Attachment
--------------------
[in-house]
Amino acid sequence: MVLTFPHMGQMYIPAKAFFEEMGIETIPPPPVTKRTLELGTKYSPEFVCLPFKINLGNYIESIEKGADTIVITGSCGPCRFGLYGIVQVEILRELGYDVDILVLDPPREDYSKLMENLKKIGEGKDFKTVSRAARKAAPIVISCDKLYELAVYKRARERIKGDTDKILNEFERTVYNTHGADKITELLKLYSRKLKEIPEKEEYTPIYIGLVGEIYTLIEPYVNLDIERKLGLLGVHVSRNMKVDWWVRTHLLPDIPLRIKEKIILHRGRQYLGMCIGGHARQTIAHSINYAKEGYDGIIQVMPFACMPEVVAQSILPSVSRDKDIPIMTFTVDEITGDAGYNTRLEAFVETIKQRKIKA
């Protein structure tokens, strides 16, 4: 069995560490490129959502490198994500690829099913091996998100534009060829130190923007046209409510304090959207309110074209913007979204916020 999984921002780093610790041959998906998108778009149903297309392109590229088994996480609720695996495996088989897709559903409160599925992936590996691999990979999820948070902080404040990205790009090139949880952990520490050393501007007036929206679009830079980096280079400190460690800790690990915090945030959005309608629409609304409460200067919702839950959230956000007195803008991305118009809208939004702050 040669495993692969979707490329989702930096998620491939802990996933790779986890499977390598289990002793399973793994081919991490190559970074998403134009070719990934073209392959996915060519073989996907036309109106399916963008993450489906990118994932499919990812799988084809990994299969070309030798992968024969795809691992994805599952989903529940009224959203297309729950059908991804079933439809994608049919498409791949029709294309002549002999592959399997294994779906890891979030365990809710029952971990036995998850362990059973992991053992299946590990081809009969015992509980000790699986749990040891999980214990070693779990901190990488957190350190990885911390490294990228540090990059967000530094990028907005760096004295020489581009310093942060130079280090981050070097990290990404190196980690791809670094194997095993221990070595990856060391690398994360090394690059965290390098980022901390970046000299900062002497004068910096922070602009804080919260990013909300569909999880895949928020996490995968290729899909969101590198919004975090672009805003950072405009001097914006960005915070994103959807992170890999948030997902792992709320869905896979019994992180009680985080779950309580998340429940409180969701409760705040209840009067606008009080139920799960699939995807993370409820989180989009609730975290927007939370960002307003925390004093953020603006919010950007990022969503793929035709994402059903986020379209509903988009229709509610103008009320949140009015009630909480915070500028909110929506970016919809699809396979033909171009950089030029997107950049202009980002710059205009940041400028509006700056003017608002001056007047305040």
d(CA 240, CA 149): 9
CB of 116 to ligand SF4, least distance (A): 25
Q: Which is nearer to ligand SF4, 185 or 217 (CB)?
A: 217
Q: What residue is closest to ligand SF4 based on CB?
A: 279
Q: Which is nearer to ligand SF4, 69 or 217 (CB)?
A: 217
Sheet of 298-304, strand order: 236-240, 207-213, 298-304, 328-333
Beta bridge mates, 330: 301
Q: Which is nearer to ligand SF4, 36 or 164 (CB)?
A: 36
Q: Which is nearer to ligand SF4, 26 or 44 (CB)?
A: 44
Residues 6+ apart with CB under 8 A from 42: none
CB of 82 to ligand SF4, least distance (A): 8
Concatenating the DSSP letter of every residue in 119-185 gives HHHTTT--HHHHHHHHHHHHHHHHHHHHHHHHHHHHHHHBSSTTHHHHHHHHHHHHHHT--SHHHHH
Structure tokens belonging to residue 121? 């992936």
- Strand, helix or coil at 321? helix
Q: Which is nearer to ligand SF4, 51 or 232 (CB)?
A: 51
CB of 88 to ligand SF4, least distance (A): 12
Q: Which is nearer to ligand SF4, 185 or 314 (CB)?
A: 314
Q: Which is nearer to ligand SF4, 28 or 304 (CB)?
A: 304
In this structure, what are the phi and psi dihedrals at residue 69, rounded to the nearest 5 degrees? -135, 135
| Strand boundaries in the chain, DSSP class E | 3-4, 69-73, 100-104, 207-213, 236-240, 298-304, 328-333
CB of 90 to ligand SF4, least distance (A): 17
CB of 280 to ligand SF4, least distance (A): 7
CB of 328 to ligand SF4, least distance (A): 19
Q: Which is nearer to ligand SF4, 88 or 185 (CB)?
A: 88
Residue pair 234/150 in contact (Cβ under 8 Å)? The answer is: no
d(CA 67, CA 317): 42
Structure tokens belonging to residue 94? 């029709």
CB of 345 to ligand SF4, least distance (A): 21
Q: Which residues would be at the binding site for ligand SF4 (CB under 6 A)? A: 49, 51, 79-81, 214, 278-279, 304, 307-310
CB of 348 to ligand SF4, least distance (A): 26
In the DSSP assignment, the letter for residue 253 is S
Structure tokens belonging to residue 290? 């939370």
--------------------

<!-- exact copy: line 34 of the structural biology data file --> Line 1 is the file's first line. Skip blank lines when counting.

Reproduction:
CB of 328 to ligand SF4, least distance (A): 19